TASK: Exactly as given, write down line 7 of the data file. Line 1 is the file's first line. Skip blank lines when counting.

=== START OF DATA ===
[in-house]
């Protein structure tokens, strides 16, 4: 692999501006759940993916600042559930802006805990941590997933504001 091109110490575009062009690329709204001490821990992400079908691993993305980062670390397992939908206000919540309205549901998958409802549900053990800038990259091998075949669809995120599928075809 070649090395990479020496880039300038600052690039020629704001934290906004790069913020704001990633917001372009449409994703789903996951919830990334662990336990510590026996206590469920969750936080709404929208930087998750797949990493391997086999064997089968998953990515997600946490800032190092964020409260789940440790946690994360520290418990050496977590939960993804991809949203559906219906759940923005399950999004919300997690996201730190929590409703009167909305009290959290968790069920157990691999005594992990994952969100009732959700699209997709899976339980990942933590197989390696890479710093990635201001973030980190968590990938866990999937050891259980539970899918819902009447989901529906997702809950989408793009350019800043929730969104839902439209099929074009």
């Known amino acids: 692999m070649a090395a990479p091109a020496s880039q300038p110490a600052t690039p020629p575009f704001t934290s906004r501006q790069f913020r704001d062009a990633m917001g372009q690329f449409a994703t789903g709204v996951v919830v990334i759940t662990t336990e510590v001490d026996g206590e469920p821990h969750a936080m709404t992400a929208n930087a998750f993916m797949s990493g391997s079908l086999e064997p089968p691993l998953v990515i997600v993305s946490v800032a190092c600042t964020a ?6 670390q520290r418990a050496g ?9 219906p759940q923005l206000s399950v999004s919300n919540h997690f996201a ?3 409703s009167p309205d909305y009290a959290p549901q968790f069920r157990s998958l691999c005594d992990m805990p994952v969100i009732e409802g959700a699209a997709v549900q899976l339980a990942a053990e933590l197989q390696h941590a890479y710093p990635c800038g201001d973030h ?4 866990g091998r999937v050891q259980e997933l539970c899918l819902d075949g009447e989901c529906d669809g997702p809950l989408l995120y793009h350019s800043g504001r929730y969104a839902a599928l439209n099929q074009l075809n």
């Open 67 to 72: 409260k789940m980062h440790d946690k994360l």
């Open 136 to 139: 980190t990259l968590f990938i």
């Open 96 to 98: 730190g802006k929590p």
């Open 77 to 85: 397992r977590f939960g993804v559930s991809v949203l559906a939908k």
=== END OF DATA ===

């Open 77 to 85: 397992r977590f939960g993804v559930s991809v949203l559906a939908k």